Makaburi: Who will come out to tell the police that you killed (sic)? They are afraid for their lives. If they are true to their word, [the people] are accusing the police of killing Muslims in Mombasa; if [the police] are true to their words, there should be a non-partial investigation. They should not be involved in that investigation. How can a killer investigate himself?

Yusuf: Some of your friends, like Aboud Rogo, have been killed. What has life been like without your friends around you?

Makaburi: Very lonely. All my friends are dead. I know the killers. I cannot do anything about it. I cannot get justice for my friends' killers. It's very lonely.

Yusuf: Do you fear for your life?

Makaburi: I don't fear for my life, because I am a devoted Muslim. I believe in Qadr [destiny]. I believe I will not die except the day [it is] written that I will die, on the second that has been written."

Yusuf: Do you think you will be done with these terror cases in court whether you are found guilty or not?

Makaburi: I don't think I will finish the case. They will kill me before that.

Yusuf: And why is that?

Makaburi: Because I believe in Islam and am ready to die for it. And because I will not keep quiet and let my religion being stomped upon.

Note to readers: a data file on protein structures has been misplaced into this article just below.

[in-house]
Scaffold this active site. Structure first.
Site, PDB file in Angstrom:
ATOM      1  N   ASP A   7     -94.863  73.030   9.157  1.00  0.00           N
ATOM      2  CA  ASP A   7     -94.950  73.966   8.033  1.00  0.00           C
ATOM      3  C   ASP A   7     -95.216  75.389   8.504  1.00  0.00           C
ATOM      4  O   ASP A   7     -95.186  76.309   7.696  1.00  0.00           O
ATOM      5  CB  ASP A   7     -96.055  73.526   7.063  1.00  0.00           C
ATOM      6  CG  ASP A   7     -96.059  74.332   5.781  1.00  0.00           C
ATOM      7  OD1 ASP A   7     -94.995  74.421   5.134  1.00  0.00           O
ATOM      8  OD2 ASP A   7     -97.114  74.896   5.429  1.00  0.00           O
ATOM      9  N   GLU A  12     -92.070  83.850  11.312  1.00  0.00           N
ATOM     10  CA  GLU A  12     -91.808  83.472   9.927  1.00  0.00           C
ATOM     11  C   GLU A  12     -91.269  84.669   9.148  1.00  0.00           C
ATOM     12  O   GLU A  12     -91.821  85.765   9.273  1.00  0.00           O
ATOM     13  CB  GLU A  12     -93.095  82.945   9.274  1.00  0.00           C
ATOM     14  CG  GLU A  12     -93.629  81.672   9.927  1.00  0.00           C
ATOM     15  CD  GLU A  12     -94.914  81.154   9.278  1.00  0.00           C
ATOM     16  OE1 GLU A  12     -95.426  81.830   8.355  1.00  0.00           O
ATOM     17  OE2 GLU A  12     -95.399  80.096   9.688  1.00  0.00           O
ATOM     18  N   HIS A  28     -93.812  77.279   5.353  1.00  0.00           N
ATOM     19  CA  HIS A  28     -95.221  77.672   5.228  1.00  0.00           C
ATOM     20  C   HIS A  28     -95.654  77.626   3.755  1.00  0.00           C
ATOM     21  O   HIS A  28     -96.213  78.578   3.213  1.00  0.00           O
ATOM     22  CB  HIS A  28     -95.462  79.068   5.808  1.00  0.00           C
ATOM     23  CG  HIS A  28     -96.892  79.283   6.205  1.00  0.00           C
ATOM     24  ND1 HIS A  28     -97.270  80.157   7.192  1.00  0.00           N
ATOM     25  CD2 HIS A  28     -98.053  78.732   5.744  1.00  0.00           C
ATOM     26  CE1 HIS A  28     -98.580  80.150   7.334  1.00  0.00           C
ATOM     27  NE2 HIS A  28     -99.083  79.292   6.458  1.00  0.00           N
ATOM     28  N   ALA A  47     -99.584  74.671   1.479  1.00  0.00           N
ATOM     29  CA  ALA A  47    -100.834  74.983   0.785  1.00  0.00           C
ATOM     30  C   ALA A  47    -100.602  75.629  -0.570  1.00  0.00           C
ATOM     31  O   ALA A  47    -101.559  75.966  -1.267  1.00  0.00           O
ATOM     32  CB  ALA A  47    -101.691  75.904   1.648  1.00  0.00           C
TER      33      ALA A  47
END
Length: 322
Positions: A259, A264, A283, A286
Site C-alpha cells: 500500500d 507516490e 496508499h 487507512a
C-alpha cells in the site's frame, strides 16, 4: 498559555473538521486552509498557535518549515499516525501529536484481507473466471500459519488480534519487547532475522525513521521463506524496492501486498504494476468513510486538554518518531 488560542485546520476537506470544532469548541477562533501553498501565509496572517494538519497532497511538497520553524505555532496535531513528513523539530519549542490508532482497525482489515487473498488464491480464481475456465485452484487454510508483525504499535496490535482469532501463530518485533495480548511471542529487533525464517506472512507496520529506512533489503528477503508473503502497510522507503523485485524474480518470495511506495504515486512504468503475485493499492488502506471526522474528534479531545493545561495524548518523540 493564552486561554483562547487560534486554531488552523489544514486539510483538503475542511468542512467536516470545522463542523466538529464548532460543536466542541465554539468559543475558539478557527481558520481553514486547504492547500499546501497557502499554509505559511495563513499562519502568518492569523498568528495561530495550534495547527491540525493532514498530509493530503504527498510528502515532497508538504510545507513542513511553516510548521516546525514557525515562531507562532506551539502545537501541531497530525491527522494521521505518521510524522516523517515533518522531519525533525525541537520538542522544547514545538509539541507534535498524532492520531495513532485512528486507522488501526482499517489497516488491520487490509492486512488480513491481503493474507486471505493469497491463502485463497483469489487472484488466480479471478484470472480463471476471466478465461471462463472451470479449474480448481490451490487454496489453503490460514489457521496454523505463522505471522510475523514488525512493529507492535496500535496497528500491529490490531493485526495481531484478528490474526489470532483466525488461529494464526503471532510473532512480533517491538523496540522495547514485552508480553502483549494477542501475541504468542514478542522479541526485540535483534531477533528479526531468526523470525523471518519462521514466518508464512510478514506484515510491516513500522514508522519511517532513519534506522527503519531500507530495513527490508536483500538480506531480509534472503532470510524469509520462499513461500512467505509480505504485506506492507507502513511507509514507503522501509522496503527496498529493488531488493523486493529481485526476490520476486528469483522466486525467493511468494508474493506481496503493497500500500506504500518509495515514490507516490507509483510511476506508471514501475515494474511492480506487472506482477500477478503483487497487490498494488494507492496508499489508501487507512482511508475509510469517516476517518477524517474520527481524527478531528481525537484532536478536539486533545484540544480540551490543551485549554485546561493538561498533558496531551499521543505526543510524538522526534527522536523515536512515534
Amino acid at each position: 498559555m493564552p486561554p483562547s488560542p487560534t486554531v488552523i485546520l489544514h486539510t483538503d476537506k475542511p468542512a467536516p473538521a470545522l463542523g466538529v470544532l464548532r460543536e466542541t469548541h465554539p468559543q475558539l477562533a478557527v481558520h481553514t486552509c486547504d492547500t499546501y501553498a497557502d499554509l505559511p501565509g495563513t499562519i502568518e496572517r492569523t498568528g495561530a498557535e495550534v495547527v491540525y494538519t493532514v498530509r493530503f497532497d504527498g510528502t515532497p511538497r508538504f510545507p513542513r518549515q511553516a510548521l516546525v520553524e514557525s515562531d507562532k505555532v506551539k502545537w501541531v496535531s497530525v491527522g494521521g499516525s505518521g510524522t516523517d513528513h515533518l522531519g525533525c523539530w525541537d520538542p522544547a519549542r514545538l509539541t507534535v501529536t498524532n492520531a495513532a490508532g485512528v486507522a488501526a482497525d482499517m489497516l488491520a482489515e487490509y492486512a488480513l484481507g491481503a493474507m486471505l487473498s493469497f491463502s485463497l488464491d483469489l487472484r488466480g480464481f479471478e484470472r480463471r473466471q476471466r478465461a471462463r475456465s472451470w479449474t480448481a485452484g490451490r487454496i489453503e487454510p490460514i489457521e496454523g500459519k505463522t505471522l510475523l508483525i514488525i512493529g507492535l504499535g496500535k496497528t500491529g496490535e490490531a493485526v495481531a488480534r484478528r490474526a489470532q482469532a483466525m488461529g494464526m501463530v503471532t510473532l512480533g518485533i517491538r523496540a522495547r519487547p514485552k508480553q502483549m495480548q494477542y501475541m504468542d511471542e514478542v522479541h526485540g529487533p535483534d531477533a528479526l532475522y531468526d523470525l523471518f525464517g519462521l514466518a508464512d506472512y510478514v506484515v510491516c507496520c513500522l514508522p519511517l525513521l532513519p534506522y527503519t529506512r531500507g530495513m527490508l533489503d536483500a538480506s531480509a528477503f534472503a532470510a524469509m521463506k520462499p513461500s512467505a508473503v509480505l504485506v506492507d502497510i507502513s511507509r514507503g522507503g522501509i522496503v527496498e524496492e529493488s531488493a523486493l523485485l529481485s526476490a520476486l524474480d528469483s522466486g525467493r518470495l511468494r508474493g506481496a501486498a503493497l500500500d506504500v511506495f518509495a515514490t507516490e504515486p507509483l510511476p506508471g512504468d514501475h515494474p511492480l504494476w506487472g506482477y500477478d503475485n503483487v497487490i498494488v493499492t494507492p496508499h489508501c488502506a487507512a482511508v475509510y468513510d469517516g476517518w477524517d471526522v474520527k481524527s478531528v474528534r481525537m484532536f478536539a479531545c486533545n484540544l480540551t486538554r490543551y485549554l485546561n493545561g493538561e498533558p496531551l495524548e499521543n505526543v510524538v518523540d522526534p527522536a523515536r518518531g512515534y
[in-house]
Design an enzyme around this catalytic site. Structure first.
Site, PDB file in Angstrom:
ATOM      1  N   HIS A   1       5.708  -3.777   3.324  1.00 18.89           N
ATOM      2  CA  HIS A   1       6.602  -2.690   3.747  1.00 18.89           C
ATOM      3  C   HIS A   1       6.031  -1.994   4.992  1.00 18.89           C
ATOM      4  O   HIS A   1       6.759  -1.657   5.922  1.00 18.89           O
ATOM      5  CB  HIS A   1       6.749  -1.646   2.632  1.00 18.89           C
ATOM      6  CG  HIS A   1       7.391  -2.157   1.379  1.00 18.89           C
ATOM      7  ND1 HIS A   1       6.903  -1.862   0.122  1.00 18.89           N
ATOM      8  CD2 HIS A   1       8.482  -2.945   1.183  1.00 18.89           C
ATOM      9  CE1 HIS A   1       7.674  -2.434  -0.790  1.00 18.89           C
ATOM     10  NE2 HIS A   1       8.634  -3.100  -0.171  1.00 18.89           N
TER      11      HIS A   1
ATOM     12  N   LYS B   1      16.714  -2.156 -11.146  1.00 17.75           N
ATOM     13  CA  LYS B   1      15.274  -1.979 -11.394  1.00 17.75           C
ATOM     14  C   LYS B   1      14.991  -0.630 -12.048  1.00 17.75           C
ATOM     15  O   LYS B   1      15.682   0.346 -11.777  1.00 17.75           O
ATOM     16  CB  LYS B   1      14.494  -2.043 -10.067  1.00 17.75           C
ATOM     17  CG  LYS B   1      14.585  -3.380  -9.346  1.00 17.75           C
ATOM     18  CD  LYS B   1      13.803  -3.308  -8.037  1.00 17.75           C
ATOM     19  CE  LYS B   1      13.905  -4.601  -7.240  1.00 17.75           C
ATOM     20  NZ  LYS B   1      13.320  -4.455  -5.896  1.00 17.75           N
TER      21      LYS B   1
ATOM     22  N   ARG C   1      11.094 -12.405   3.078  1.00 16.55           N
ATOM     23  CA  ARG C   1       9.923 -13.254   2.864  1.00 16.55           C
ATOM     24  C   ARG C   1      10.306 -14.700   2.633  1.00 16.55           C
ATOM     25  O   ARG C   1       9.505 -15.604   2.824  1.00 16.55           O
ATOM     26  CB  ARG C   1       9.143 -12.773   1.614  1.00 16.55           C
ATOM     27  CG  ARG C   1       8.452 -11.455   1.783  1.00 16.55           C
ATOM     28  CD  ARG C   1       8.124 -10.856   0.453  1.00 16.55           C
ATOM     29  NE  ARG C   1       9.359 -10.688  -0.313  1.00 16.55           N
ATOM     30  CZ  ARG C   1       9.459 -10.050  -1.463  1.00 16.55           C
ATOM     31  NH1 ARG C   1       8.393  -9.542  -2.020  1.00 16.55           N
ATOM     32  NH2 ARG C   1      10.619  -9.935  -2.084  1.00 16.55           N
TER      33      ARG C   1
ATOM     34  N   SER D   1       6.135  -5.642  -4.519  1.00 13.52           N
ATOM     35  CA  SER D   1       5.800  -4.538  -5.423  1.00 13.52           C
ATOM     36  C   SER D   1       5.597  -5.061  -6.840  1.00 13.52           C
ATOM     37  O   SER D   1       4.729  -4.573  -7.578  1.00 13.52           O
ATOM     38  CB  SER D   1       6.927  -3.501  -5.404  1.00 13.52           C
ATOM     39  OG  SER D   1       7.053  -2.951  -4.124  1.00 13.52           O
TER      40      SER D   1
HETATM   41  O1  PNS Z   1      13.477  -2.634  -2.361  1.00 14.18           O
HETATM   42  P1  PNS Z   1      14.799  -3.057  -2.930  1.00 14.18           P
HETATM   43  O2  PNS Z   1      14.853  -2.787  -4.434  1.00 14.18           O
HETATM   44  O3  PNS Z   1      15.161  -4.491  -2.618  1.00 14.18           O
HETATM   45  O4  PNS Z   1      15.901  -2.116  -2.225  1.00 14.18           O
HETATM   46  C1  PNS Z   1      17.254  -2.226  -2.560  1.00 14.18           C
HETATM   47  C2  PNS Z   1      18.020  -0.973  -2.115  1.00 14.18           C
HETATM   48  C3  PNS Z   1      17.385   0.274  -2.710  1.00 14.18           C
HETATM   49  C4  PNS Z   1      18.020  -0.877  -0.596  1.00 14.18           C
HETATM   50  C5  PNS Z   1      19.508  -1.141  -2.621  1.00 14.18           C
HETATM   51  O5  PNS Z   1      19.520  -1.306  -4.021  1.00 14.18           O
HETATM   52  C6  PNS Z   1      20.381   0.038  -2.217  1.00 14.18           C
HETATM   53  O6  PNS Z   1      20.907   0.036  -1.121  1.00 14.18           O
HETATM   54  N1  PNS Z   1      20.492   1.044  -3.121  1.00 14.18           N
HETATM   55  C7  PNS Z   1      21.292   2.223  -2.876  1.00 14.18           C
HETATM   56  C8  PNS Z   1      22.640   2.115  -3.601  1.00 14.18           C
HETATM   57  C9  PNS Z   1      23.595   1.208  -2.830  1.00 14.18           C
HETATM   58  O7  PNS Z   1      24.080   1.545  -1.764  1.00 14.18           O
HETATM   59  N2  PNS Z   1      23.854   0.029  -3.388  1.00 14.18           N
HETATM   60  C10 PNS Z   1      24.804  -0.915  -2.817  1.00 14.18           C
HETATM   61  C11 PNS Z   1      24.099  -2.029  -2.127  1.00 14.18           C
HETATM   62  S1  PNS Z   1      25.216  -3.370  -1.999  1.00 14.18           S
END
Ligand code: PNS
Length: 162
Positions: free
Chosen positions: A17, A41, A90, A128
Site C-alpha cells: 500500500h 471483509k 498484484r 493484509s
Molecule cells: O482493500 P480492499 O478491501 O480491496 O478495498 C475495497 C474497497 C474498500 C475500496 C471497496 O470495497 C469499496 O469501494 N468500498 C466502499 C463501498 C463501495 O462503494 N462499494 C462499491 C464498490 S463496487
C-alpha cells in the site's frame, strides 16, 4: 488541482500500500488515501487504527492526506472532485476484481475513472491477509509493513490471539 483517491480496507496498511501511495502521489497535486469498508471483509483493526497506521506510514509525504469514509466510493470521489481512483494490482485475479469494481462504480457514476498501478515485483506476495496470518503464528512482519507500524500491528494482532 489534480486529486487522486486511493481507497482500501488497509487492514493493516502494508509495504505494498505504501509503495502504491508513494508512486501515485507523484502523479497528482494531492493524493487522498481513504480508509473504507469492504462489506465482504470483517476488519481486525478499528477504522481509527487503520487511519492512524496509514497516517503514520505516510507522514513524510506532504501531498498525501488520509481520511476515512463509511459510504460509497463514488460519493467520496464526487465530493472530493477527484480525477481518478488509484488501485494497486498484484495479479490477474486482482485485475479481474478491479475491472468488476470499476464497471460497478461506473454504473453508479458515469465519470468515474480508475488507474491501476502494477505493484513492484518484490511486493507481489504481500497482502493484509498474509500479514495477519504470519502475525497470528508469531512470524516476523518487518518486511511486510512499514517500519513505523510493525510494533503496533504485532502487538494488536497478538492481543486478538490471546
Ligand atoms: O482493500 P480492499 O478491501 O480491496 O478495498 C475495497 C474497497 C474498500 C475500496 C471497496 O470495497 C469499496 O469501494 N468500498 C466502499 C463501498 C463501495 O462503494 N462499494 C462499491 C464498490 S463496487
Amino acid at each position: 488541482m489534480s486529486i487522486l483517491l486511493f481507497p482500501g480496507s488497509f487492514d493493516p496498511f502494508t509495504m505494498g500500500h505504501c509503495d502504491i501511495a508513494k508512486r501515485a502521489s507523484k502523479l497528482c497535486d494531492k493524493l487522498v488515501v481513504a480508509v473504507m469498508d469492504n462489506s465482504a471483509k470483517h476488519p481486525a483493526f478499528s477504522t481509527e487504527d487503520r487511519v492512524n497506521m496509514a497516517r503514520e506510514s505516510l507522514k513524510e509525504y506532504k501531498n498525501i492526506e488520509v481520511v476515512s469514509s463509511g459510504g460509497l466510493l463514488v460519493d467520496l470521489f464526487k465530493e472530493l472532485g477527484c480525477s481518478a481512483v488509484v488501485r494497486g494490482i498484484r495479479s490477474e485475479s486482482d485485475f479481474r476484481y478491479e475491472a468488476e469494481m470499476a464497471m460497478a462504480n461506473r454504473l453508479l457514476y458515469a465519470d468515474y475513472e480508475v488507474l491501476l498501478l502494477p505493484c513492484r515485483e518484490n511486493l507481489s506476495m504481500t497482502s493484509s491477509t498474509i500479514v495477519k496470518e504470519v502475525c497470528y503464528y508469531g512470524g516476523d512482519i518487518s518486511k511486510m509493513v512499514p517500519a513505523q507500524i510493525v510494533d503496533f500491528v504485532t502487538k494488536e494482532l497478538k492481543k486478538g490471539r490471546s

Radical Kenyan cleric Sheikh Abubakar Shariff, also known as Makaburi, at home, October 2013. (Mohammed Yusuf/VOA)Radical Kenyan cleric Sheikh Abubakar Shariff, also known as Makaburi, at home, October 2013. (Mohammed Yusuf/VOA)
x
Radical Kenyan cleric Sheikh Abubakar Shariff, also known as Makaburi, at home, October 2013. (Mohammed Yusuf/VOA)
Radical Kenyan cleric Sheikh Abubakar Shariff, also known as Makaburi, at home, October 2013. (Mohammed Yusuf/VOA)
Yusuf: Where is your family? It looks like there is no one here except you?

Makaburi: My family cannot stay with me. They are afraid they will be killed. I am staying by myself.

Yusuf: How often do you see your family?

Makaburi: I see them regularly but they cannot stay with me. Nobody from my family comes and visits me, because they do not know at what time the government squad killers will come for me.

Yusuf: I understand you have a boy, age nine, how will your son view your death?

Makaburi: My son will know that his father was the one who was wronged, because, as you have seen today, I was in court. I am obeying the law. It's the government which is breaking the law. It's the government which is killing the people extra-judicially.